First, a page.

Big government moderate

The debate over whether President Bush is a conservative continues. Last summer, I argued that he isn’t. See here for example; as well as here and here. Recent events seem to have confirmed this assessment. However, in the new issue of Commentary (link not yet available, to my knowledge), Daniel Casse argues that Bush is a conservative, albeit “an unfamiliar kind of conservative.” And today, George Will makes basically the same claim.
Casse supports his position by arguing that Bush is using the government to uphold conservative substantive goals. This means trading off the traditional conservative “process” goal of limited government to promote higher conservative ideals such as choice and accountability (as I noted last summer, this sounds like a variation of the old “Hamiltionian means for Jeffersonian ends” slogan, that was used to justify the New Deal). Will makes the same point using slightly different jargon. He calls Bush a “strong government conservative,” which, unlike the term “big government conservative,” he finds not to be an oxymoron.
These arguments continue to strike me as unconvincing. Indeed, from the face of what Casse is saying, it seems apparent that Bush is synthesizing a central tenet of liberalism — that the federal government should expand and try to solve problems that formerly were dealt with privately or by local governments — with certain conservative values. If this is true, then it’s more honest (as long as the old-fashioned conservativism survives ) to call the new approach “centrist” or “moderate” or “third-way.” Will may be correct to say that Bush’s policies are not a surrender to the liberal agenda (which is racing leftward at a pace Bush couldn’t keep up with if he wanted to). But they nonetheless constitute a compromise with that agenda.
This becomes even more apparent when one starts talking about specific policies. If the federal government took over public education completely and instituted required courses in personal responsibility, this would satisfy the Casse test for conservativism — big government promoting a conservative value. But surely no one would call this step is conservative. How, then, is it conservative to increase the NEA’s budget while redirecting the NEA’s efforts on behalf of the arts towards more “conservative” art forms, such as Shakespeare and opera? How is it conservative to support, as Bush did, university admissions programs that achieve pre-ordained racial objectives by automatically admitting those who finish in the top ten percent of their high school classes (thereby relying on the existence of many mostly black high schools to achieve a certain level of minority admissions)? This approach is consistent with the conservative goal of rewarding effort and achievement, but surely no one thinks that such manipulation for racial purposes is conservative. The same is true, I would have thought, of creating a massive new federal prescription drug entitlement program that builds in some free market principles.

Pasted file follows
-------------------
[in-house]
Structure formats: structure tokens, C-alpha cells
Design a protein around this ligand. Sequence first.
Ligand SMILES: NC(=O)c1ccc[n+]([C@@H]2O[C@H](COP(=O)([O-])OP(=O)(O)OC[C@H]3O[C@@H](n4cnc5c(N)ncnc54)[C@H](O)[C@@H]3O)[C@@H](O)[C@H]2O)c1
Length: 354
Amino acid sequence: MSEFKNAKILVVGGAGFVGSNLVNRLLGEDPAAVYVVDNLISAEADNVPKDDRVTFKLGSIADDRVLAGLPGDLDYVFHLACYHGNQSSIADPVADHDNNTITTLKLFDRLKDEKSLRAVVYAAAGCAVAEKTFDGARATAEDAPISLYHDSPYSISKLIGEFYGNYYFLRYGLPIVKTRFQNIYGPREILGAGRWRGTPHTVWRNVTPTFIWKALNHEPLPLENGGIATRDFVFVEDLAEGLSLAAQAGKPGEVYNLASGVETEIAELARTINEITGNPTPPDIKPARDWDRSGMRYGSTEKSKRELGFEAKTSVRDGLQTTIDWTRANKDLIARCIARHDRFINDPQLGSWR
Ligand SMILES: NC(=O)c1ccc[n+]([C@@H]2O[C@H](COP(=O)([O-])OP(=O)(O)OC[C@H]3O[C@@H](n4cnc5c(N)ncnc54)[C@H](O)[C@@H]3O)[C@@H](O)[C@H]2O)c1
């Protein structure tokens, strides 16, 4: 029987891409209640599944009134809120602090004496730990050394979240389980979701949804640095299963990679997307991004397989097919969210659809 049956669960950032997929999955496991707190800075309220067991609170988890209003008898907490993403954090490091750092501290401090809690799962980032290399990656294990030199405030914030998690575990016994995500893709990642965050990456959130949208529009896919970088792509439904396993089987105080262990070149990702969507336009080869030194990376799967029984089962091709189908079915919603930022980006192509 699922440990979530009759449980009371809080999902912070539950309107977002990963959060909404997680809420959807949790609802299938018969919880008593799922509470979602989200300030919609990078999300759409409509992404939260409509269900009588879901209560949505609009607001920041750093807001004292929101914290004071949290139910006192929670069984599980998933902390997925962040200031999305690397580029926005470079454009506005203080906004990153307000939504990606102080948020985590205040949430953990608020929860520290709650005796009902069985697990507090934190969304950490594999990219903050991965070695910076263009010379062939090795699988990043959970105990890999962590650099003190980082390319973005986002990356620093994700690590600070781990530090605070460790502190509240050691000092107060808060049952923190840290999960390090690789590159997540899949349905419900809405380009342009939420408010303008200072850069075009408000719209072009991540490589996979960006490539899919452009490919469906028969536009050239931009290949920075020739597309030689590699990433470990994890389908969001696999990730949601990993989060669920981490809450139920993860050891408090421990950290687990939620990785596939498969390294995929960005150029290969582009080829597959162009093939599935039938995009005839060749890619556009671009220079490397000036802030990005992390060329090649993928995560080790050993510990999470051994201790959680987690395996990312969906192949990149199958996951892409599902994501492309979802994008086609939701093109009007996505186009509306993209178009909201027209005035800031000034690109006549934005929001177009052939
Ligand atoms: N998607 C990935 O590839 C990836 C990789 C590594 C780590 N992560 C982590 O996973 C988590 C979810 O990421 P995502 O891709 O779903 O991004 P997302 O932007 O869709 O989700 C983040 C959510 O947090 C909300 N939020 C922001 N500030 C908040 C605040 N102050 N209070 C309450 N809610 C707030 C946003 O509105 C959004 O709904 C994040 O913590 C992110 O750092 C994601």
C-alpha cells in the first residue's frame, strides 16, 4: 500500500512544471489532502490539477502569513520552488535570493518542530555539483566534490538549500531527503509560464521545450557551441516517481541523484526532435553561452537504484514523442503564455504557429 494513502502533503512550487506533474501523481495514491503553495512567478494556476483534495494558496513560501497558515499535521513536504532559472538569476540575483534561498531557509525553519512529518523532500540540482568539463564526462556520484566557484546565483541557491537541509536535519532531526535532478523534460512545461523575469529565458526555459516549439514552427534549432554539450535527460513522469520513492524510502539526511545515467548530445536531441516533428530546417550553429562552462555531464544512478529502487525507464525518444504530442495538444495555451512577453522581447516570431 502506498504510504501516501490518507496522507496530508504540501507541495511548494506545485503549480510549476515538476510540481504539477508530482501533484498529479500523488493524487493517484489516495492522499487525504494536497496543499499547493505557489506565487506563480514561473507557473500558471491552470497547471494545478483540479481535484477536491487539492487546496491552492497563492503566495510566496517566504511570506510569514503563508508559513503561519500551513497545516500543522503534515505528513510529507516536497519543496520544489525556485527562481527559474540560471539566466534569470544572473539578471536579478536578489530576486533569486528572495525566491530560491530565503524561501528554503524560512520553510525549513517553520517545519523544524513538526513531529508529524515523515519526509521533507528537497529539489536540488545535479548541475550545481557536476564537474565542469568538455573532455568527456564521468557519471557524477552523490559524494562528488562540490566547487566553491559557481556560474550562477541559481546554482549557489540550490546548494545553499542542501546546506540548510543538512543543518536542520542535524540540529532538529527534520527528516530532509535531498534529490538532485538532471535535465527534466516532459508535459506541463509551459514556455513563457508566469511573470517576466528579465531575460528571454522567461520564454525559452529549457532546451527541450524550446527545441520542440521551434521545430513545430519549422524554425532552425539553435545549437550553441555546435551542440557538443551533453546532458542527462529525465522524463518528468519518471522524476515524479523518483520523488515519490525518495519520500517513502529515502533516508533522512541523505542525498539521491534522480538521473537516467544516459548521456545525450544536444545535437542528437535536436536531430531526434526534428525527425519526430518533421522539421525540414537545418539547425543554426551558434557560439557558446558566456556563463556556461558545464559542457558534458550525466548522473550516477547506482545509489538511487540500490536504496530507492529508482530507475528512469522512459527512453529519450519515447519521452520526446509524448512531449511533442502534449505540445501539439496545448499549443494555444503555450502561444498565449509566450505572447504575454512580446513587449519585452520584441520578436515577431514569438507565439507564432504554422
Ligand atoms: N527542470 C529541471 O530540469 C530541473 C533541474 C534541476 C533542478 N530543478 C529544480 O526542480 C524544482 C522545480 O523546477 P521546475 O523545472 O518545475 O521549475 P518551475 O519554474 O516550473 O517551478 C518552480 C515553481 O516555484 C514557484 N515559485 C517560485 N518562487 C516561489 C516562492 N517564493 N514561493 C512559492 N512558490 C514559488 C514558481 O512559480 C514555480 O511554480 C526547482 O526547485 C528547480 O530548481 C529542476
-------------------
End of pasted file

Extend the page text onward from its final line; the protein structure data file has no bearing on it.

Will’s “big government” vs “strong government” distinction fares no better, as applied to many of Bush’s actions and proposals. Measures cited by Will such as providing information to parents about how public schools are performing in relation to certain standards, or allowing people to direct the investment of their social security funds, or setting up medical savings plans can be viewed as conservative wrinkles within the context of the existing welfare state. But these measures don’t really make government appreciably bigger, stronger or more intrusive, and they aren’t the measures that have most conservatives concerned. What bothers most conservtives are things like creating the new prescription drug coverage entitlement for seniors, or increasing the government’s involvement in the arts, or trying to come up with more creative ways of achieving racial balance at our universities. These ideas don’t make government stronger except to the extent that they make it bigger, or at least more intrusive.
Will justifies Bush’s “strong government” agenda as a coming to terms with the political reality that most Americans are defenders of the welfare state when they vote. But the fact that Americans do not want the welfare state dismantled does not mean that they demand new entitlements, especially in a time of growing deficits. Until the Bush prescription drug entitlement, nothing of this size or scope had been enacted in decades. The Democrats howled about the absence of new entitlements in every election, but to no significant effect. The Gingrich revolution cited by Will failed to roll back the power of the federal government very much, but the Republicans remained the majority party in Congress and regained the White House without re-inventing themselves as “unfamiliar kinds of conservatives.” In any case, there is certainly no clamor for the development of more creative forms of racial discrimination — polls show that the public is against all forms of race-based admissions — and none that I’m aware of for more NEA funding. Finally, the Democrats aren’t applying any real pressure on the Republicans to abandon traditional conservative approaches. The “centrist” elements in that party have been routed. If Clintonism were still ascendant among Democrats, the argument that Republicans need to moderate would be stronger (although it would still be wrong to call such moderation “conservative”). But with the Democrats as they are, any political motive for Bush to abandon or re-invent conservatism stems from opportunism, not necessity.
But I don’t think Bush is an opportunist. I just think he’s a non-conservative.
UPDATE by BIG TRUNK: Click here to link to Daniel Casse’s article (in PDF) in the February Commentary.